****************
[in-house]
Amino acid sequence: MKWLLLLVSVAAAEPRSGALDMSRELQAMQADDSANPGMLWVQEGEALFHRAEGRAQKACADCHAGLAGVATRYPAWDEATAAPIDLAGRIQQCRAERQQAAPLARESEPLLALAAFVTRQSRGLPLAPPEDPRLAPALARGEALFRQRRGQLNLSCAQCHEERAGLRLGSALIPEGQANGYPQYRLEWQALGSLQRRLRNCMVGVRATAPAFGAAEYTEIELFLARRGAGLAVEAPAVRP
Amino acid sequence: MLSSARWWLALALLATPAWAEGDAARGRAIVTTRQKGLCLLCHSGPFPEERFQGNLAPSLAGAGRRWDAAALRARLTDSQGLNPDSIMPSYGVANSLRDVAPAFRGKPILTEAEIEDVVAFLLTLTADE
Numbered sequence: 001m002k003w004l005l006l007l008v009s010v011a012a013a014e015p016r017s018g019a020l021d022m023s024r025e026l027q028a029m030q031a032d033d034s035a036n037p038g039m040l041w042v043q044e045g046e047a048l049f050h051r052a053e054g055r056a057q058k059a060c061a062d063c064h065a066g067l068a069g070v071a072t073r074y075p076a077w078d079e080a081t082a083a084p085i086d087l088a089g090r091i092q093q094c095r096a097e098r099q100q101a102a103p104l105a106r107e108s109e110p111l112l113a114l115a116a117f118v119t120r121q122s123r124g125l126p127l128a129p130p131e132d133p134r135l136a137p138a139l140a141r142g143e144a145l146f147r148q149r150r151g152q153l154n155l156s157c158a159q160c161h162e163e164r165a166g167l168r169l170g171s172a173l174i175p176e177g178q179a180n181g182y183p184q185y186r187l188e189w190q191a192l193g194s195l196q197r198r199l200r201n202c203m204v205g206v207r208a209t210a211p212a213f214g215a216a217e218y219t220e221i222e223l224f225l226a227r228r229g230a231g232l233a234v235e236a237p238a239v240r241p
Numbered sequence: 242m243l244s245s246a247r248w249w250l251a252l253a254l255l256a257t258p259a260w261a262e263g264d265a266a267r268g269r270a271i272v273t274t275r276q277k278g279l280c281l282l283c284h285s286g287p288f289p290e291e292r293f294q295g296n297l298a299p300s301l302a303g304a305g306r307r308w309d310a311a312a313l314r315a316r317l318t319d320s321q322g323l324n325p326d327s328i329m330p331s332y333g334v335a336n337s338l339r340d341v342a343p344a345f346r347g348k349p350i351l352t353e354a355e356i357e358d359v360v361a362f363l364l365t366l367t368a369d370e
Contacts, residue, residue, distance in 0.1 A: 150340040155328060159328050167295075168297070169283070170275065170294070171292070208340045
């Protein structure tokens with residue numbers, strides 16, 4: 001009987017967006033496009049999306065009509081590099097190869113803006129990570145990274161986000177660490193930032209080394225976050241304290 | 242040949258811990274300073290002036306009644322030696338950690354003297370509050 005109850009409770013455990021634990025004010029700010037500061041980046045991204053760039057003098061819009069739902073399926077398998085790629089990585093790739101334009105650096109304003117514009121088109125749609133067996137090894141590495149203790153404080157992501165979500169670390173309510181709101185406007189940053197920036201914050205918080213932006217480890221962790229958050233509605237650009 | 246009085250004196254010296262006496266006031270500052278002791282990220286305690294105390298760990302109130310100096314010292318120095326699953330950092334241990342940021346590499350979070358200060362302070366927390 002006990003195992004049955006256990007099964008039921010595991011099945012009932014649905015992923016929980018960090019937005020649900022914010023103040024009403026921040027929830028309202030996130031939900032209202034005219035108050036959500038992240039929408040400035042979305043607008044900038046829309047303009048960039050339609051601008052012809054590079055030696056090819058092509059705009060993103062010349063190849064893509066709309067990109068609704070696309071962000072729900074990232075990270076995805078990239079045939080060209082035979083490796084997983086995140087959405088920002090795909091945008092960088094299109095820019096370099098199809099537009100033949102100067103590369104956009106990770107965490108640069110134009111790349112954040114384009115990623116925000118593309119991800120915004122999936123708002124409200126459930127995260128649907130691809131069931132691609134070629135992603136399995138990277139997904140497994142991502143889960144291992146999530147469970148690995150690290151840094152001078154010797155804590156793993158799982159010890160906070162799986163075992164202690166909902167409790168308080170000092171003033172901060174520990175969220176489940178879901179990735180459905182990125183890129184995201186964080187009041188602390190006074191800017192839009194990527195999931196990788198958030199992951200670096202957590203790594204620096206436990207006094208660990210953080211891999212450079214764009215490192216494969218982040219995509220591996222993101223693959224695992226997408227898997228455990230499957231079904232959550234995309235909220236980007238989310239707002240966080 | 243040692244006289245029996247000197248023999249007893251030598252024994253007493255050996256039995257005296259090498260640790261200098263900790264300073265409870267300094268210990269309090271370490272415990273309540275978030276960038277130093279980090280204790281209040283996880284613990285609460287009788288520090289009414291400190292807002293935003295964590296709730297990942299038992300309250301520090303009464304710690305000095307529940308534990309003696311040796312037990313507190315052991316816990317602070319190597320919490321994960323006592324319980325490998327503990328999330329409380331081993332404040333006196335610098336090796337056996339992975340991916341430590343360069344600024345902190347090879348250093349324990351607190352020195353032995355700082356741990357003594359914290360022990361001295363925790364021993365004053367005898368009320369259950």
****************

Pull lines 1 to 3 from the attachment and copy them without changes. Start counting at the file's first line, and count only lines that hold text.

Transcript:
[in-house]
Amino acid sequence: MKWLLLLVSVAAAEPRSGALDMSRELQAMQADDSANPGMLWVQEGEALFHRAEGRAQKACADCHAGLAGVATRYPAWDEATAAPIDLAGRIQQCRAERQQAAPLARESEPLLALAAFVTRQSRGLPLAPPEDPRLAPALARGEALFRQRRGQLNLSCAQCHEERAGLRLGSALIPEGQANGYPQYRLEWQALGSLQRRLRNCMVGVRATAPAFGAAEYTEIELFLARRGAGLAVEAPAVRP
Amino acid sequence: MLSSARWWLALALLATPAWAEGDAARGRAIVTTRQKGLCLLCHSGPFPEERFQGNLAPSLAGAGRRWDAAALRARLTDSQGLNPDSIMPSYGVANSLRDVAPAFRGKPILTEAEIEDVVAFLLTLTADE